How long do cookies have to be in the oven? Bake until the cookies are golden but still soft in the center, 12 to 15 minutes, rotating the baking sheets halfway through. Let the cookies cool for a few minutes on the baking sheets, then transfer them to a rack to cool completely.
As a general rule of thumb, you should refrigerate cookie dough for at least 30 minutes and up to 24 hours. More than that and you won’t see a noticeable difference in the final product, says Haught Brown.
They will still be quite gooey inside, but the top will be set, and they should be golden brown at the edges and just beginning to come away from the sides of the ramekins. Leave to cool for 5–10 minutes before serving.
Most cookies are still soft when done (they harden as they cool) and will continue to bake on the cookie sheet once removed from the oven. Remove cookies from the cookie sheet as soon as they are firm enough to transfer, using a spatula, to a cooling rack or paper towels to finish cooling.
Cookie temperatures fluctuate, with some recipes as low as 300 degrees Fahrenheit, and a few as high as 425 degrees Fahrenheit, but most recipes land on 375 or 350 to evenly bake the entirety of the cookie.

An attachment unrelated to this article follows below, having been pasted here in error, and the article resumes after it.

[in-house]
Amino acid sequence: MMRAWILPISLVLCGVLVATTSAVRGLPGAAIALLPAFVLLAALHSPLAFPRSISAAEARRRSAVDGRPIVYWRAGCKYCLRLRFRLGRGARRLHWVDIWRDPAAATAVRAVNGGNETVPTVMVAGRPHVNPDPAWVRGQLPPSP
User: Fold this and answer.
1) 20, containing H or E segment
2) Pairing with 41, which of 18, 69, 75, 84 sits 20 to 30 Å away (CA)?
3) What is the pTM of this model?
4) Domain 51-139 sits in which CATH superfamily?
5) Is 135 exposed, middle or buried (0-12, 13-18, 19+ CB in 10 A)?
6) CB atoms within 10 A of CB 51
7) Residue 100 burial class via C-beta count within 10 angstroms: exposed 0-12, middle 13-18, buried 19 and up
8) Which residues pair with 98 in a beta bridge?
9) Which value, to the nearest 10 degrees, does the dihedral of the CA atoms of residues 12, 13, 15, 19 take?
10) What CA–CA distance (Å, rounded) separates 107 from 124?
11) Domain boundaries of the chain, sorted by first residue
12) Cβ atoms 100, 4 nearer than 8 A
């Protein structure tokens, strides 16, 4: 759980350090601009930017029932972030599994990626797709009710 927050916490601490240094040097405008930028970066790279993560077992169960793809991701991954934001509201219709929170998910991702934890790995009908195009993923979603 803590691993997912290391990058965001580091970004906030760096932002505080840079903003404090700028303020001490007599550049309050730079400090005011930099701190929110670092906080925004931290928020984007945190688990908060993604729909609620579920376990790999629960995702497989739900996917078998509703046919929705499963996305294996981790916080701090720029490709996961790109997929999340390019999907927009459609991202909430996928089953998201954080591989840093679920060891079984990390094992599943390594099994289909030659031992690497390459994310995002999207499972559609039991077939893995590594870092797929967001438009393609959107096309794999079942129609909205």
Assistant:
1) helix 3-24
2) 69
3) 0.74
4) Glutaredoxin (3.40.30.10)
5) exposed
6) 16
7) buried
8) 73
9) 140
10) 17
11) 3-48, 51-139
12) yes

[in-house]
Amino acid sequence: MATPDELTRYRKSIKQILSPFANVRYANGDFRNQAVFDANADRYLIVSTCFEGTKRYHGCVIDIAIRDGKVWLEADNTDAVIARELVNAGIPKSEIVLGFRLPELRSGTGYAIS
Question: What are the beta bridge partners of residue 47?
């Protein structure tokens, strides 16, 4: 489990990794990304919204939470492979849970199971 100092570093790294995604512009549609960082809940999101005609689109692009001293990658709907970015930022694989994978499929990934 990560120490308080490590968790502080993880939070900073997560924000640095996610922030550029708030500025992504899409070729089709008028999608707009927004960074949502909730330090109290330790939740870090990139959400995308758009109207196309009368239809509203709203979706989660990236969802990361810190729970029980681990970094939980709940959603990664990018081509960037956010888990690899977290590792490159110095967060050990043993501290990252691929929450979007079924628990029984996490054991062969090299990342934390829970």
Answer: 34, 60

“When your dough is refrigerated, the butter hardens. … So chilling the dough before baking means fluffier cookies with better consistency. Plus, if you have a bowl of dough ready in the refrigerator, it’s much easier to scoop while chilled than at room temperature.
Frozen or chilled dough will take longer than room temperature dough to bake. Just keep an eye on the cookies as they bake and remove them when they start to color around the edges and lose their raw shine in the middle. Bar Cookies: The bake time will depend on how thick the bars are, so check them often.
Re-baking will give us hard, brick-like cookies and bars. … If the bars are so underbaked that the eggs are still raw, it’s probably not a good idea to eat or even try to re-bake them if the bars have been sitting out for very long.
Cookies not baked long enough. Using too much flour or the wrong kind of flour. Too many eggs or other liquids in the dough. Too high a ratio of brown sugar to white sugar.